Photos from the E7 camera will be uploaded later.


Whilst the E7 might look a lot like the N8 with a keyboard, it’s more than just that. The keyboard is one of the best on a mobile phone, with an even nicer mechanism than the impressive Desire Z. The top-class aluminium unibody makes the E7 a strong, durable, handset to the standard expected of a phone in the Eseries family. Even with the Symbian operating system having an uncertain future, the E7 excels in offering a quality package that works for both businesses and pleasure, with good multimedia support and the additions of an HD output and USB On The Go support.

Ratings (out of 5)

[wpgalleryimage title=”Editors-Choice-5Star” float=right]Performance: 5
Features: 5
Usability: 4


Photo Gallery (including E7 camera shots)

A note regarding Symbian OS and Nokia

As this review is published, it is still unclear as to what the future will hold for the Symbian operating system. Nokia itself doesn’t even appear to be completely clear, although the company is promising that there will be support for Symbian for at least the next year. There will also be new features and upgrades offered to existing owners (including other recent releases, such as the C7 and N8) that should improve the user interface beyond the current Symbian^3 version.

For as long as there’s a sizeable number of Symbian users, apps and games should continue to be released – although never on the same scale as on the Apple App Store or Android Market. However, the E7 currently offers the key services you are likely to need – from document editing to accessing Facebook, Twitter, YouTube and other social media sites. Even if Symbian disappeared tomorrow (and it won’t), the E7 won’t suddenly cease to work. If Symbian owners in the past didn’t buy loads of apps, there’s a good chance many will not wish to do so today.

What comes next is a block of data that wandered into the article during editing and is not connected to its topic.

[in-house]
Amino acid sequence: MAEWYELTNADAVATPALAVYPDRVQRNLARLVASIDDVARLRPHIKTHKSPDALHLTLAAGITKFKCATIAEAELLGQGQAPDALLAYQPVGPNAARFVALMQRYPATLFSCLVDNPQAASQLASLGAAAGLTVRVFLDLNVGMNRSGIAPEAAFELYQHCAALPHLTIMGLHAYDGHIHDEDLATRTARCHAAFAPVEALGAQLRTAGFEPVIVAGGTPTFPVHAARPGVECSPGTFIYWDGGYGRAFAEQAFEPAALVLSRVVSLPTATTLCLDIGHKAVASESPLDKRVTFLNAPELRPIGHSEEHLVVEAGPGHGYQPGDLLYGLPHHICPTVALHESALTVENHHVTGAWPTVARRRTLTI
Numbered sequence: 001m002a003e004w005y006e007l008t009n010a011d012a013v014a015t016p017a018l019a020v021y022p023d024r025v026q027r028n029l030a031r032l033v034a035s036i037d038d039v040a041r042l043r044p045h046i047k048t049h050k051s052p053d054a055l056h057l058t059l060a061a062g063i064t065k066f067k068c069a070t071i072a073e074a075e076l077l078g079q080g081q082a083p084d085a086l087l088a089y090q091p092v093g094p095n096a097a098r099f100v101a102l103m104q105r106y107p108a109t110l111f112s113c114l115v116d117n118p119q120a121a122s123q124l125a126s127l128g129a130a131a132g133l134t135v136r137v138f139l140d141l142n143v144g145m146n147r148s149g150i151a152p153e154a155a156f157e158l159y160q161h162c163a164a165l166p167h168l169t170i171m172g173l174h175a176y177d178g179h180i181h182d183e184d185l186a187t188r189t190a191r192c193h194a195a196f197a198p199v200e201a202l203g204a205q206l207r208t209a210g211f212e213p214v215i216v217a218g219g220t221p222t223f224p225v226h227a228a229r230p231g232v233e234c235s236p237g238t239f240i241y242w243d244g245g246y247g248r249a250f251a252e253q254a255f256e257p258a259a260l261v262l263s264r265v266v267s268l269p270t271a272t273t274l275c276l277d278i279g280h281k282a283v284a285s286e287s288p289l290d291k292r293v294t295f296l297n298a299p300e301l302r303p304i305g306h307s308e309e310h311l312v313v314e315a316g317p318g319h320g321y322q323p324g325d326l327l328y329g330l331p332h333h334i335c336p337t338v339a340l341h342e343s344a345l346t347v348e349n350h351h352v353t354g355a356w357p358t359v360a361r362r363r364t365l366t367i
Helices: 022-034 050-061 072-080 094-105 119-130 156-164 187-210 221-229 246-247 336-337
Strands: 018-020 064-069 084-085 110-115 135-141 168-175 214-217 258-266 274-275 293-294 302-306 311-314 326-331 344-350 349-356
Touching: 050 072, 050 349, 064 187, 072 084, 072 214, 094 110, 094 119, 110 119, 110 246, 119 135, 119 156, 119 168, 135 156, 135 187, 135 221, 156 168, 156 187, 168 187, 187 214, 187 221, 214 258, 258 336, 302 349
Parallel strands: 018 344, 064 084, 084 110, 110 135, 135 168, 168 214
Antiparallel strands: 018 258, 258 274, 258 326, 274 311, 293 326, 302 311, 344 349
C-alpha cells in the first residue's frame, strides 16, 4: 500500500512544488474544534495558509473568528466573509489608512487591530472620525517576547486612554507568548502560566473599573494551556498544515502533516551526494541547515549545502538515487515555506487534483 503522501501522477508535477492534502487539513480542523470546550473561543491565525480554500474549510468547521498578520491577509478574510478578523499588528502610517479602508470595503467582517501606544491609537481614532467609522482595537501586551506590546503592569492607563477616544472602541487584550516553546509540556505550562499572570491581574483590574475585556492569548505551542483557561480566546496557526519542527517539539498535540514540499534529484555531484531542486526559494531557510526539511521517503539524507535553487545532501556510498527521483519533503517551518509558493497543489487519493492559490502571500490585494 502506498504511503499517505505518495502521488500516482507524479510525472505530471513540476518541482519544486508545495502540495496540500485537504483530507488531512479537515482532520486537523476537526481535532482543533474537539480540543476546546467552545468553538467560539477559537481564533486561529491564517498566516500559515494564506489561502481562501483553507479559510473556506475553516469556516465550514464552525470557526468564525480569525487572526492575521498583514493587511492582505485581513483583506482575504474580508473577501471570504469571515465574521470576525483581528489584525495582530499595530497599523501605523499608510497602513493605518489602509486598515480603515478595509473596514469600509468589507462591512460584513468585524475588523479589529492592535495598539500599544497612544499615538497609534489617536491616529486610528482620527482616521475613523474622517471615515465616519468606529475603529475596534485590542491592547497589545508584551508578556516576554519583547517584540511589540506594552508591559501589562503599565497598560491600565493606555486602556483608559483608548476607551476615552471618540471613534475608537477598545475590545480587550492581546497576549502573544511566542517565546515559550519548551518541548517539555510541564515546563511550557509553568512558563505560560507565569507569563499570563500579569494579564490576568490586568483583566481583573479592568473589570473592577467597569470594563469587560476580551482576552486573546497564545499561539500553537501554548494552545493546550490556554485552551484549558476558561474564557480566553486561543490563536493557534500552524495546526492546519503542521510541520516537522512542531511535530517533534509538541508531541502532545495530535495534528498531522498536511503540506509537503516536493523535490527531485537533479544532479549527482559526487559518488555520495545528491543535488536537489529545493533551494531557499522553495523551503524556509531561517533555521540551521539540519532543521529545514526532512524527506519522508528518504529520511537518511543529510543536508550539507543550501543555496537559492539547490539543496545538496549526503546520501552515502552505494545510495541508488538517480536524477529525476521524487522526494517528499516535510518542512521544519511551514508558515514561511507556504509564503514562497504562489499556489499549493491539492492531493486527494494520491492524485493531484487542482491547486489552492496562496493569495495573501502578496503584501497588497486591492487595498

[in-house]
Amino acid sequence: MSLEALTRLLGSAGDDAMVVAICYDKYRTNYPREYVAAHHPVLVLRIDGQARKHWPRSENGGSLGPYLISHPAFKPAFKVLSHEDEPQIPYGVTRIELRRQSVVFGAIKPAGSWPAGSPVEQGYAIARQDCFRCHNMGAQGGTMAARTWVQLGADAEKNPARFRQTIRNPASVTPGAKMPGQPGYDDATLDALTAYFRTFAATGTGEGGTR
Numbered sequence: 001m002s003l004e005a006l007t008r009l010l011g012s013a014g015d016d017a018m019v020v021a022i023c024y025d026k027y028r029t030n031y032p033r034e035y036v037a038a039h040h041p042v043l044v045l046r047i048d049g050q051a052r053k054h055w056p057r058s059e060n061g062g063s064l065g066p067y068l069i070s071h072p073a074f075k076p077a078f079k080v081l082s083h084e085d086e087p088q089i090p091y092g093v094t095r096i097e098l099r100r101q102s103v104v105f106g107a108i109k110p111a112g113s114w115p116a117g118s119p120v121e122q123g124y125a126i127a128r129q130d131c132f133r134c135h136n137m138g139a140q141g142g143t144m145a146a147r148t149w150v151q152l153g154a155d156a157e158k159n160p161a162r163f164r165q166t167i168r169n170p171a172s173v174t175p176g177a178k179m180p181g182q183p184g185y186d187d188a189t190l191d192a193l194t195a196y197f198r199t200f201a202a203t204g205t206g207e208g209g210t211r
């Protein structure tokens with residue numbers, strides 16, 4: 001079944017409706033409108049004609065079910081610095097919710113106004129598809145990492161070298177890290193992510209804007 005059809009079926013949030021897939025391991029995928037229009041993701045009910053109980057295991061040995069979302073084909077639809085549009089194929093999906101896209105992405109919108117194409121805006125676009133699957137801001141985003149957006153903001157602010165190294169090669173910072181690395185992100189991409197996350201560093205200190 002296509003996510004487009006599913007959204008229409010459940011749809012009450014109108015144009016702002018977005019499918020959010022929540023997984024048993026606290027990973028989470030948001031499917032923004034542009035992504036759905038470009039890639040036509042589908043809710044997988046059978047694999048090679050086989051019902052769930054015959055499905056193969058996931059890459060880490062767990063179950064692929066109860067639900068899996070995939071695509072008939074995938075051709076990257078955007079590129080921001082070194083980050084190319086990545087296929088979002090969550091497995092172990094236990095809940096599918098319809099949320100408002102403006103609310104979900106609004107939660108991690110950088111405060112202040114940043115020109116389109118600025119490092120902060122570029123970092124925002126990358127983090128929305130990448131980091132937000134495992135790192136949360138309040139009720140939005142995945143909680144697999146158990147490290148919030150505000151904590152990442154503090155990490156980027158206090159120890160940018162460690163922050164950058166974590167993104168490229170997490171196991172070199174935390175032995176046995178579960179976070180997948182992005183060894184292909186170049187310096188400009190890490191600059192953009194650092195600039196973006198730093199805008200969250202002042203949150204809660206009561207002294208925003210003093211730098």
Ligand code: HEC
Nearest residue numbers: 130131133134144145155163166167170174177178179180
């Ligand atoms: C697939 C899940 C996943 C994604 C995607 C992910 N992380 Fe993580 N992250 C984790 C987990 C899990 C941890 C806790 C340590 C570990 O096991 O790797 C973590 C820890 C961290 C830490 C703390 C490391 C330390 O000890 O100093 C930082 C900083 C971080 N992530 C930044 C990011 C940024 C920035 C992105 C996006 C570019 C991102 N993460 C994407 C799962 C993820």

This review assumes you have made a decision to buy into the Symbian OS, and have most likely used or owned a device running the same OS before. The review is based on the ability for the phone to perform key tasks, and so even with an outgoing operating system it can still be reviewed as a phone in its own right.

Unboxing video


About the Author

Dan Carter

I have been working on various websites reviewing phones for the past 5 years and working in mobile phone retail for the past 4 years. This gives me a great view of the industry from a customer, staff and press point of view which is quite unique. I try to bring all three together to give the most honest reviews, best customer service and my own personal touch to the industry. I have been a member of the What Mobile Forum for many years and enjoy taking part in the online discussions